livelihoods, are highly dependent upon the park being open for the 
entire duration of the approximately 90-day season.
    (4) Snowmobile and snowcoach operators have made business decisions 
and investments for the winter season premised on an opening date of 
December 15, 2012. Such actions include purchasing new snowmobiles and 
snowcoaches for their fleets, making offers of employment, preparing 
advertising and other materials, and purchasing snowmobile accessories 
such as suits, helmets, boots, mittens, etc. A late opening would 
shorten an already-brief winter season, thereby depriving these 
businesses and others that depend on the winter season (such as hotels, 
restaurants, service stations, and other hospitality-oriented 
businesses) of revenue that is important to their livelihoods.

List of Subjects in 36 CFR Part 7

    National Parks, Reporting and recordkeeping requirements.

    In consideration of the forgoing, the NPS proposes to amend 36 CFR 
part 7 as set forth below:

PART 7--SPECIAL REGULATIONS, AREAS OF THE NATIONAL PARK SYSTEM

    1. The authority citation for part 7 continues to read as follows:

    Authority: 16 U.S.C. 1, 3, 9a, 462(k); Sec. 7.96 also issued 
under DC Code 10-137 (2001) and DC Code 50-2201 (2001).

    2. In Sec.  7.13 revise paragraphs (l)(3)(ii), (l)(4)(vi), 
(l)(7)(i) introductory text, and (l)(8)(i) introductory text to read as 
follows:


Sec.  7.13  Yellowstone National Park.

* * * * *
    (l) * * *
    (3) * * *
    (ii) The authority to operate a snowmobile in Yellowstone National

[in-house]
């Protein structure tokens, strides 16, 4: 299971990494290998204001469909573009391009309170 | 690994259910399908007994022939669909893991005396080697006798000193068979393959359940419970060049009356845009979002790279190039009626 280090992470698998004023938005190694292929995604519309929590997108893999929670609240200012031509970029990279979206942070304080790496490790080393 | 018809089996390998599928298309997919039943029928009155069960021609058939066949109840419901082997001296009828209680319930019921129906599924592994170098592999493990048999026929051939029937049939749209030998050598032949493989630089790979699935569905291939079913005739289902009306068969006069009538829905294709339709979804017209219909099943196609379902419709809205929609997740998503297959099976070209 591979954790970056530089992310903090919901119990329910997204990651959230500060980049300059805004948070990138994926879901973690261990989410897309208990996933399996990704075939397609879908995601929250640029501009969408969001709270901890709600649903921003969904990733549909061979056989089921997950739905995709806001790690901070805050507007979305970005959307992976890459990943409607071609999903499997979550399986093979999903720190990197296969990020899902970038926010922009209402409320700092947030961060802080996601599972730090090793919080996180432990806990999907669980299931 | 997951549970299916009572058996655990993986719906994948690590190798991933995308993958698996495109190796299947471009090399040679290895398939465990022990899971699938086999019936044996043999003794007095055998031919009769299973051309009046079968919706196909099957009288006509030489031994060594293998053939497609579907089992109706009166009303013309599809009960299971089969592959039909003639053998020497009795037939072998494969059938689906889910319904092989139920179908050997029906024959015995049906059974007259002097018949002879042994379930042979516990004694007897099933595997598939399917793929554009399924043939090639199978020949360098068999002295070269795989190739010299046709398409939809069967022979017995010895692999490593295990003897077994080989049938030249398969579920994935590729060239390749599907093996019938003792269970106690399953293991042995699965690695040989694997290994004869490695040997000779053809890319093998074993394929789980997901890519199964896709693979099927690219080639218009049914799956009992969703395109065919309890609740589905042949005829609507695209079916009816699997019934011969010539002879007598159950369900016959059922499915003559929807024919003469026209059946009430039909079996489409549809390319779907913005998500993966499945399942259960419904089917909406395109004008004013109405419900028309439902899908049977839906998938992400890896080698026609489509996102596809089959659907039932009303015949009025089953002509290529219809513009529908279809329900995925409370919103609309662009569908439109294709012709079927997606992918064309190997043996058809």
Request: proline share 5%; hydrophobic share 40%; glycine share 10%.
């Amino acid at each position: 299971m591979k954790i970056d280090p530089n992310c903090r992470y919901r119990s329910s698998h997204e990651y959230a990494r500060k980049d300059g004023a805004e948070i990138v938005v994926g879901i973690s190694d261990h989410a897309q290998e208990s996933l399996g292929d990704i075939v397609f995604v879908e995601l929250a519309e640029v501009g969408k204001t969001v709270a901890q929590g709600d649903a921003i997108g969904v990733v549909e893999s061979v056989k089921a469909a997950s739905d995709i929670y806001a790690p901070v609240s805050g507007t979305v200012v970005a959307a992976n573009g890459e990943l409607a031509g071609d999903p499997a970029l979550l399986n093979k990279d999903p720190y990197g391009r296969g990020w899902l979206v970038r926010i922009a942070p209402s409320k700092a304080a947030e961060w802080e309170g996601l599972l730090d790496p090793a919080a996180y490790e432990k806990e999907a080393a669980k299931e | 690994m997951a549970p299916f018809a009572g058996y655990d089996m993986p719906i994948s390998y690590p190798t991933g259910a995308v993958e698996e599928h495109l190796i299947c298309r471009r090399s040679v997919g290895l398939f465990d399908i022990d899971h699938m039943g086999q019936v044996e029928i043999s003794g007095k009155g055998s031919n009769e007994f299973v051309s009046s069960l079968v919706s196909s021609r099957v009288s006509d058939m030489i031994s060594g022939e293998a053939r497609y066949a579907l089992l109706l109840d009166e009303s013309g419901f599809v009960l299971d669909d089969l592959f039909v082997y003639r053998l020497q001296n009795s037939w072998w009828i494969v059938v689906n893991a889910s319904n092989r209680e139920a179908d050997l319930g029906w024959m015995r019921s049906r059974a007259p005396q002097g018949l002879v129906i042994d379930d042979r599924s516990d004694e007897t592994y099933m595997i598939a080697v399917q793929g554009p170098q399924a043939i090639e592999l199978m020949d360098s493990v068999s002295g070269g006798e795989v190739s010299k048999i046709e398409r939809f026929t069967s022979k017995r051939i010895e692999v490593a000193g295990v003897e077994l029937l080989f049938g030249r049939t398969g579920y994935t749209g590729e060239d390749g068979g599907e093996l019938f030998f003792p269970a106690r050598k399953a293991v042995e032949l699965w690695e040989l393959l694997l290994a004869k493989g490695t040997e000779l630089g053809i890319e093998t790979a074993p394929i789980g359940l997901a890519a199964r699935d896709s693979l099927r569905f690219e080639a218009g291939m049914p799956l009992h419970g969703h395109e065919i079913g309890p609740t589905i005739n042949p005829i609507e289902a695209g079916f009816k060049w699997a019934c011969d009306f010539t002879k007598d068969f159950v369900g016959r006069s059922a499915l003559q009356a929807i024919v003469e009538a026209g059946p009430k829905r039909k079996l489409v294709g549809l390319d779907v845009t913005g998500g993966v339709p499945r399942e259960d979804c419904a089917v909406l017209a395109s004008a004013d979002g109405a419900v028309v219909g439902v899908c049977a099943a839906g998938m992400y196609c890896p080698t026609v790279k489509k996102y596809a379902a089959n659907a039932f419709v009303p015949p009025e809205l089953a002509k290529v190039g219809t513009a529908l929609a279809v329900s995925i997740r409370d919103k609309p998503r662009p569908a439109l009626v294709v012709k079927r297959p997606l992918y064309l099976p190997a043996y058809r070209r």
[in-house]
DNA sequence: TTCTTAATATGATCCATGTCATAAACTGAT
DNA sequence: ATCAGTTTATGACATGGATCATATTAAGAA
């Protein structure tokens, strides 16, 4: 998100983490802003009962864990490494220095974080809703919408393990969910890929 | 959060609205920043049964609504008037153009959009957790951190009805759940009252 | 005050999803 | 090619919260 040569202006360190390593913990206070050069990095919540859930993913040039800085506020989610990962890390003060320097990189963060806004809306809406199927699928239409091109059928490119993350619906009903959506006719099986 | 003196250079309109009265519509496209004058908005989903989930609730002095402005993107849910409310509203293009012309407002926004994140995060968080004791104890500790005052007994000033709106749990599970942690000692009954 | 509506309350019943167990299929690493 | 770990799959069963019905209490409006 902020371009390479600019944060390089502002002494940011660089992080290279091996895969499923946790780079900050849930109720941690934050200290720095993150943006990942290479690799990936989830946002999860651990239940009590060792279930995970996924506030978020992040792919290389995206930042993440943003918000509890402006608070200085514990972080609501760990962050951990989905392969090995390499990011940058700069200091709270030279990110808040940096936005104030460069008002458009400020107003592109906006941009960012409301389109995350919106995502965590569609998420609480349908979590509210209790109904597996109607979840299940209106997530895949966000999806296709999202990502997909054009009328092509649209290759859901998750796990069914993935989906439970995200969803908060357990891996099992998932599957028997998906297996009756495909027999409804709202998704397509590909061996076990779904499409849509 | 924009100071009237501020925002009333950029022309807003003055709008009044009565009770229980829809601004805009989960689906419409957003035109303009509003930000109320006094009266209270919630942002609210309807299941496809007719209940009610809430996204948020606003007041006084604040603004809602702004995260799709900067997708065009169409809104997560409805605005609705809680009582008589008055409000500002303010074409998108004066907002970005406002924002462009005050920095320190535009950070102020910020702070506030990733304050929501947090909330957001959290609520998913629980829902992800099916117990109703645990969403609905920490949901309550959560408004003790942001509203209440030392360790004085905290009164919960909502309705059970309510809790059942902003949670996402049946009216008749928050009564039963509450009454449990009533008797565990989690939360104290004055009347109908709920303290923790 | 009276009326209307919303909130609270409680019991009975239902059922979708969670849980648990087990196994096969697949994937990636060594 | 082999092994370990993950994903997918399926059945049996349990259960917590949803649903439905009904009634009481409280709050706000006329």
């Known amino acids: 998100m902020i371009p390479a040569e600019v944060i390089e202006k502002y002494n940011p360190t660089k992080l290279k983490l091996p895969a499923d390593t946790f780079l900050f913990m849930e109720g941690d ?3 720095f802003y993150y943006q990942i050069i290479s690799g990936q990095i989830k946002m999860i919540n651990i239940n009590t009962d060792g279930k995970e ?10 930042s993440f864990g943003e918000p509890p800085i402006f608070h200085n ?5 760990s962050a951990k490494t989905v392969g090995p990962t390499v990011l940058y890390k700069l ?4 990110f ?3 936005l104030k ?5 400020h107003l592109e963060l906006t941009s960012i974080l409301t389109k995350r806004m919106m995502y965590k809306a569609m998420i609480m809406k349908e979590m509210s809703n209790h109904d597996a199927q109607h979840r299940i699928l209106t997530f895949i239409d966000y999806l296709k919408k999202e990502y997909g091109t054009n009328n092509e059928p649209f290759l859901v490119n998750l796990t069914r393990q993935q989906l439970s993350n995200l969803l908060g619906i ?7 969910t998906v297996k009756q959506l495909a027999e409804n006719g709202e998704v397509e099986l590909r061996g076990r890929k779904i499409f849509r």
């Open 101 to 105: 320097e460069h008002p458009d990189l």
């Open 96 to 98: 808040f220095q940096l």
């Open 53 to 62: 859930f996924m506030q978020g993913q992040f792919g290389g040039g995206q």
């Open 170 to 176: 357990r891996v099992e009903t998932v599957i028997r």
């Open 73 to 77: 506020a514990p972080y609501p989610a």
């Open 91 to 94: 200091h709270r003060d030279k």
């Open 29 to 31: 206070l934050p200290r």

Park established in paragraph (l)(3)(i) of this section is in effect 
only through the winter season of 2012-2013.
* * * * *
    (4) * * *
    (vi) The authority to operate a snowcoach in Yellowstone National 
Park established in paragraph (l)(4)(i) of this section is in effect 
only through the winter season of 2012-2013.
* * * * *
    (7) * * *
    (i) You may operate your snowmobile only upon designated oversnow 
routes established within the park in accordance with Sec.  2.18(c) of 
this chapter. The following oversnow routes are designated for 
snowmobile use through the winter of 2012-2013:
* * * * *
    (8) * * *
    (i) Authorized snowcoaches may be operated on the routes designated 
for snowmobile use in paragraphs (l)(7)(i)(A) through (l)(7)(i)(O) of 
this section. The restricted hours of snowmobile use described in 
paragraphs (1)(7)(i)(M) through (1)(7)(i)(O) do not apply to 
snowcoaches. Snowcoaches may also be operated on the following 
additional oversnow routes through the winter of 2012-2013:
* * * * *

    Dated: August 30, 2012.
Michael Bean,
Acting Principal Deputy Assistant Secretary for Fish and Wildlife and 
Parks.
[FR Doc. 2012-21828 Filed 8-31-12; 8:45 am]
BILLING CODE 4312-CT-P